How Ryan Tedder & A Kidney Stone Inspired Parachute’s New Album

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(courtesy: Island Def Jam)

(courtesy: Island Def Jam)

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“Hearts Go Crazy,” the lead single off Parachute‘s third album, Overnight, came about in an altered state. And only after some prodding did frontman Will Anderson share the graphic tale behind the song.

“I was diagnosed with a kidney stone and through the pain I was delirious on some sort of drug, pain medication,” he told “My tour manager said I was singing that song through my stupor and pain so I knew at that point that was going to be the single. I called our manager the next day and said this was going to be our single and that was that.”


Anderson added that “Hearts Go Crazy” was also selected as the first single because it was so versatile, with the band recording several versions of the song so it could translate to any genre.

“We had the acoustic version, we had the rock version, we had a pop version, we even had a house/dubstep version,” he said. “It was a very nice vehicle to get our sound across all these different spectrums. It’s definitely different from what we’ve done but the song itself is overall us.” Listen to the acoustic version below.

Released back in February, “Hearts Go Crazy” marks a sonic departure for Parachute. While their past releases relied heavily on acoustic guitar, light percussion and Anderson’s soft vocals, “Hearts Go Crazy” is an electronic-driven dance track with a heavy bass beat. Anderson admitted that while it was scary to release music that pointed the band in a new direction, it needed to be done.

“We knew this was where we needed to go to move forward. We had gotten to a point where we had defined our sound and had done it for four years,” he explained. “It was something we needed to do to reach an even broader audience.”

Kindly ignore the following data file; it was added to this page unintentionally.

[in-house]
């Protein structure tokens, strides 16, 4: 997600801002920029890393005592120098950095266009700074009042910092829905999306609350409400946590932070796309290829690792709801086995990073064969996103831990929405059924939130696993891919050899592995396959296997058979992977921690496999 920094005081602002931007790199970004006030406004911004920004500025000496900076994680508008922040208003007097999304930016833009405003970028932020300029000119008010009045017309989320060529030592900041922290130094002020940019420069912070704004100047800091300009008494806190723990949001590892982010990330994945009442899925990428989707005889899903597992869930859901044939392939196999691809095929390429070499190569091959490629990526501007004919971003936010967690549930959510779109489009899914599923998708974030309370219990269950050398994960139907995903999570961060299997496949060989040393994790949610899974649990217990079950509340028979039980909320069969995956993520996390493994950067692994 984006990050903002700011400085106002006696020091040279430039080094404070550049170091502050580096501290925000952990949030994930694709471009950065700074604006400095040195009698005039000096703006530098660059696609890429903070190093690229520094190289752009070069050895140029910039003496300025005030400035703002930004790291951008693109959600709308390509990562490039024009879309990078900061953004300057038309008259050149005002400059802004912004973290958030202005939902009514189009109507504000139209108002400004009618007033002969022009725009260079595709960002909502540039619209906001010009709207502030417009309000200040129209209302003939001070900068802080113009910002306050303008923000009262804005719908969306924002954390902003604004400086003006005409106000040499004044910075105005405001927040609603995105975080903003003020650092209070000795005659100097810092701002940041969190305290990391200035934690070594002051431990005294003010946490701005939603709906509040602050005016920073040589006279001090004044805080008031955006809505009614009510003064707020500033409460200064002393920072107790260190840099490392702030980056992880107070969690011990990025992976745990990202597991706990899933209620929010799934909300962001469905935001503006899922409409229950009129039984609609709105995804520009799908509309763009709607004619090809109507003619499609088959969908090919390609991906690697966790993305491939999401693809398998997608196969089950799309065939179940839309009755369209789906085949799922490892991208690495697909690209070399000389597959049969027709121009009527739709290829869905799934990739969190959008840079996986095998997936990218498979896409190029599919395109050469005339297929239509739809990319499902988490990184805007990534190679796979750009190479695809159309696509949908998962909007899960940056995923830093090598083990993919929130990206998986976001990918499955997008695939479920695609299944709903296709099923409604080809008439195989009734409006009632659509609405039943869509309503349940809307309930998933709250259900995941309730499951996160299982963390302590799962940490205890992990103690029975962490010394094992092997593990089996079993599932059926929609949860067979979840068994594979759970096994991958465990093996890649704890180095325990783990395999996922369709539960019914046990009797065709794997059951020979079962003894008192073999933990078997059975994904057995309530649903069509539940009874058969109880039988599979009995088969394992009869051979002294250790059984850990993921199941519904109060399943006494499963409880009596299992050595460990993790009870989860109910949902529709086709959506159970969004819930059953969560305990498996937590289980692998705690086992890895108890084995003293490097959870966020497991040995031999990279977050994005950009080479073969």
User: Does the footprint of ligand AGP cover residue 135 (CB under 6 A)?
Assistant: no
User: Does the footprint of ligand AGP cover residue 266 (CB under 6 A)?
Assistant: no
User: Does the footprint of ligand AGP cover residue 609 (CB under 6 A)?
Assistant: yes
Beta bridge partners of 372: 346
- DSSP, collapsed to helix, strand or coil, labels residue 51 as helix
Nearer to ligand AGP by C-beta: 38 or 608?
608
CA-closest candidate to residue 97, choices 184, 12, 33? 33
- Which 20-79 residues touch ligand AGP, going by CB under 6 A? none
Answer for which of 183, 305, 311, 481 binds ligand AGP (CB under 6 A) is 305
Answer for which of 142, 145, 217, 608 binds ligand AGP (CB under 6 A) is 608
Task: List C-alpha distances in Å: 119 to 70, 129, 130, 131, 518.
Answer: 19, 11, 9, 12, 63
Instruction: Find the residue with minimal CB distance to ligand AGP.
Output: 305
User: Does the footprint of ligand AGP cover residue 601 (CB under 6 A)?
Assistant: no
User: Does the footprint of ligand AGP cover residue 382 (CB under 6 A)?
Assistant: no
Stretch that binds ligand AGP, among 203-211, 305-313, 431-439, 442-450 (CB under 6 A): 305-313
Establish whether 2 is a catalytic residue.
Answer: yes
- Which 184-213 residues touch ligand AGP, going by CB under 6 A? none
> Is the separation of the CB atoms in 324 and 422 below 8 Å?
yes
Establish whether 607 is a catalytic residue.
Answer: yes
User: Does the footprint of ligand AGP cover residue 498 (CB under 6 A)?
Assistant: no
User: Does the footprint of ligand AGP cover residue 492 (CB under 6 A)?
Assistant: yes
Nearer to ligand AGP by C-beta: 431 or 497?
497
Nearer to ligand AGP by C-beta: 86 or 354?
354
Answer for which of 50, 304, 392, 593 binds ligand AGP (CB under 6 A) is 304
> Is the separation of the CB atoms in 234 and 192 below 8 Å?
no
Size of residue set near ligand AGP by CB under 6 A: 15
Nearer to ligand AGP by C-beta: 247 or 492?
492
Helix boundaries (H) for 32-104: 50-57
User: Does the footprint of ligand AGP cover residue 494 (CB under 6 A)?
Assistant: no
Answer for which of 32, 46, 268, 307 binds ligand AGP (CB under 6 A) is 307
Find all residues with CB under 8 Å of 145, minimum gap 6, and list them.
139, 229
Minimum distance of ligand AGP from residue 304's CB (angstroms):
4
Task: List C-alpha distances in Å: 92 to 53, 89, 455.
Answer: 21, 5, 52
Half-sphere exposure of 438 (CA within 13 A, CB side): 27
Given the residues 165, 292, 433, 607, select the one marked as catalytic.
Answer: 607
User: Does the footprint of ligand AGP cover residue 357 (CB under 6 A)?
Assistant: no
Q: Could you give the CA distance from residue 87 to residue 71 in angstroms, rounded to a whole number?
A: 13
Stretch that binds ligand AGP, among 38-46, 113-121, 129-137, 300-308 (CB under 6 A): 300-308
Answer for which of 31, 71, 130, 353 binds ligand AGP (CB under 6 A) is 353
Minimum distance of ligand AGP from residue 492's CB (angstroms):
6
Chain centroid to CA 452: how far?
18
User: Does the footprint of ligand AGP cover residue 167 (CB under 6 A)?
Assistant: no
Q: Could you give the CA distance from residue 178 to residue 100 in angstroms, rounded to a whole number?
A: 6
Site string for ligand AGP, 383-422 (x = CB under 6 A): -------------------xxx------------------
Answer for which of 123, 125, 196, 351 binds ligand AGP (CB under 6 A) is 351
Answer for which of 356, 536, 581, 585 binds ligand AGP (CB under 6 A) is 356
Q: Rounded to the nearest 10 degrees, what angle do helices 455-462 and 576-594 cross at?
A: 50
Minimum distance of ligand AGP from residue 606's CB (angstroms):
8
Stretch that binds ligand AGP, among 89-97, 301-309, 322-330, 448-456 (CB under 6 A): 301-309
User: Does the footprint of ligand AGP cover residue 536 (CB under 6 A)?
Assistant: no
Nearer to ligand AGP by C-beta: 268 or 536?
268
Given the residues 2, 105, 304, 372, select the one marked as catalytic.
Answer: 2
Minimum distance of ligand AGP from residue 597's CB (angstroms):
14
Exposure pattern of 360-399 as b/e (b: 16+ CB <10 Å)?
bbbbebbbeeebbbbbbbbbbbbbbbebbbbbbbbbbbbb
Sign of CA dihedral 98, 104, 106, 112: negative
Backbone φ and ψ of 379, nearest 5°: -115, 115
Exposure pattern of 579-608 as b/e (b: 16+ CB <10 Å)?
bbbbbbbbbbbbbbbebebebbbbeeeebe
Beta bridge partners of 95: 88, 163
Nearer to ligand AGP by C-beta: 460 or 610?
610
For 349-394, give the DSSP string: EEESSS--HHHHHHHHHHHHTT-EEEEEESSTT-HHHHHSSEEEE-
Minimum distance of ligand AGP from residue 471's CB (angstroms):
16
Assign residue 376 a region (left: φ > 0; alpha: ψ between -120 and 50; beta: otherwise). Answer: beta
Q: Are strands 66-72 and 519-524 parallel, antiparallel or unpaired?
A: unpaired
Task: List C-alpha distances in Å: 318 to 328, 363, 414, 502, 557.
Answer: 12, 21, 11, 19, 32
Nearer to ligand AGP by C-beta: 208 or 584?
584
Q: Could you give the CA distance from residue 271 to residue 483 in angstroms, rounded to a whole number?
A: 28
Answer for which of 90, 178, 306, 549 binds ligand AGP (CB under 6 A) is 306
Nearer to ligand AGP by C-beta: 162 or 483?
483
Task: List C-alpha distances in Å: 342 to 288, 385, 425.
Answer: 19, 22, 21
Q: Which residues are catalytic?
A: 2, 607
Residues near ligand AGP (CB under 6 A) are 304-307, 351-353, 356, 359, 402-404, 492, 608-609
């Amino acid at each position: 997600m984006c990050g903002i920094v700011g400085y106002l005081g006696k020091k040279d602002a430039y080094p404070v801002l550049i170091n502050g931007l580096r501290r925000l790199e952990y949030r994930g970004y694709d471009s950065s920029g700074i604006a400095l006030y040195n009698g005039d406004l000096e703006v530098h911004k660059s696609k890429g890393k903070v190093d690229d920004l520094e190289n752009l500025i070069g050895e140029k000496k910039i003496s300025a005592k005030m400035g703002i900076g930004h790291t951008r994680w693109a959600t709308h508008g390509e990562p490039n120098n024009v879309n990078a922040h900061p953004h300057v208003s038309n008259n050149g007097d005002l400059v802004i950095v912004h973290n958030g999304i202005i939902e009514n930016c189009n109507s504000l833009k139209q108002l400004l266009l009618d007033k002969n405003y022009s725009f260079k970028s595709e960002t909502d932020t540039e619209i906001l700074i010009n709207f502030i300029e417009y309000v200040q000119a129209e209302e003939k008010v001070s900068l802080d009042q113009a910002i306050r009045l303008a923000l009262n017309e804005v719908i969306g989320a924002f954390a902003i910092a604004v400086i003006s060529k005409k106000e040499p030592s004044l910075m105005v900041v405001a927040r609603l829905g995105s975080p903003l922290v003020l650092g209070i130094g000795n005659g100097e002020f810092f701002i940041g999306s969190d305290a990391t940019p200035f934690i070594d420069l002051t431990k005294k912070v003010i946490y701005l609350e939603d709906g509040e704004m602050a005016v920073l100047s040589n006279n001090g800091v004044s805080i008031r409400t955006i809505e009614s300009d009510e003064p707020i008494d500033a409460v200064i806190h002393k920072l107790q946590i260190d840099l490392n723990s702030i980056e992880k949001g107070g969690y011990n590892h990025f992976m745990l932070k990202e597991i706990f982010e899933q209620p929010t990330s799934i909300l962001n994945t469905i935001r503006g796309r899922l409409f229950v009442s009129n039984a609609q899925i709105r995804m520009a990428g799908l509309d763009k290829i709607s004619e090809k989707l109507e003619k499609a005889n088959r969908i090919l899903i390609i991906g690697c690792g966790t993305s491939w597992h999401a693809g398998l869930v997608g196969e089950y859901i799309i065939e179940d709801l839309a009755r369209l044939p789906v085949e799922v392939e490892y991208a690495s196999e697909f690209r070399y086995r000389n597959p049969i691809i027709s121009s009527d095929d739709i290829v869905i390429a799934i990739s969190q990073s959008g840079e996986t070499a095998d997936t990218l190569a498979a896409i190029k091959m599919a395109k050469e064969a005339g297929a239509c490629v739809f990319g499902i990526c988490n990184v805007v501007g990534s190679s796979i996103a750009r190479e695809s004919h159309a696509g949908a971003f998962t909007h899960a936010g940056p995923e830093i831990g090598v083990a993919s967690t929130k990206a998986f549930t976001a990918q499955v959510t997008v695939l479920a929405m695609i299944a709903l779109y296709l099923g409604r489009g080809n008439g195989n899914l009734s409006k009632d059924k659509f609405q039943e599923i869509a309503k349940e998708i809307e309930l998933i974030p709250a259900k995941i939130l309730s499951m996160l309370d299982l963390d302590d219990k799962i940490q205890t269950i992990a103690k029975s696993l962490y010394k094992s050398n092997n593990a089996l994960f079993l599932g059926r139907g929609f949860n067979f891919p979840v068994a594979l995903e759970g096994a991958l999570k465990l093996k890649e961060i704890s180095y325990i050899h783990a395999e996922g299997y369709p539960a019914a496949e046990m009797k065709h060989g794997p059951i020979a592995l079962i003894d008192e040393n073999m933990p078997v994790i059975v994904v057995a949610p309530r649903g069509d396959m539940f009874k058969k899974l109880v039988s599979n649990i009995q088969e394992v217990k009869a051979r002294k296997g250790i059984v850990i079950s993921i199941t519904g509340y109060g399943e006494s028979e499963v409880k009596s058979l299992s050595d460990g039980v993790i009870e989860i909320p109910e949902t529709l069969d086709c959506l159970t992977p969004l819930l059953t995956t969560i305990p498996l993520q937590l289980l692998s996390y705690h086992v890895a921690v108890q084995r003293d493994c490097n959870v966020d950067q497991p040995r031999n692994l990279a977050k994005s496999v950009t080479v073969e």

Formed in Virginia while the guys were still in college, Parachute toured the East Coast on weekends and slowly built a fan base. Shortly after graduation, the pop-rockers released debut album Losing Sleep. The album featured debut single “She Is Love,” which received both radio airplay and placement in a Nivea commercial. Parachute’s third album will be released on August 13 by Island Def Jam, and guitarist Nate McFarland elaborated on what to expect.

“I think it’s our most mature songwriting yet but at it’s core it’s still good pop songwriting,” McFarland said. “We had a producer that loves good pop production so he helped put a good tension on pulling us more on the pop side but at it’s heart I think it’s still very much our sound.”

For the first time, Parachute enlisted the help of co-writers on Overnight. Their new single “Can’t Help” was written with OneRepublic‘s Ryan Tedder, a writer Anderson cites as a “genius.” For a month, Anderson stayed in Los Angeles to write a few tracks on his own and with co-writers. The writing sessions were less fruitful than he had hoped, until he sat down with Tedder to work on “Can’t Help.”

“It was a little idea that Ryan had that I then jumped on and expanded on,” he said. “It was cool to be in a room with people who you really respect and to write a song like that. It wasn’t about anybody in particular, it was just a fun song that we decided to run with. I think all of us when we heard it were really excited about playing it so much so that we said, ‘Screw it, we’re just going to start playing it now,’ and started playing it long before we had even recorded it.” Listen below.

Another track the band is excited to release is “Drive You Home.” While fans who have caught Parachute on tour over the past few months have heard a preview of it during their live set, Anderson said that the track came to him out of nowhere.

“I was almost a vessel by which it could come out into the world,” he confessed. “I didn’t know if I was going to get any for this record but that ['Drive You Home'] was the first one of many. That was the first song that I wrote that I was like, ‘I can still do this.’ You never know. Sometimes you’re like, ‘I wonder if it’s going to go away at some point’ but that one was one where I said, ‘OK, we’re going to be fine.'”

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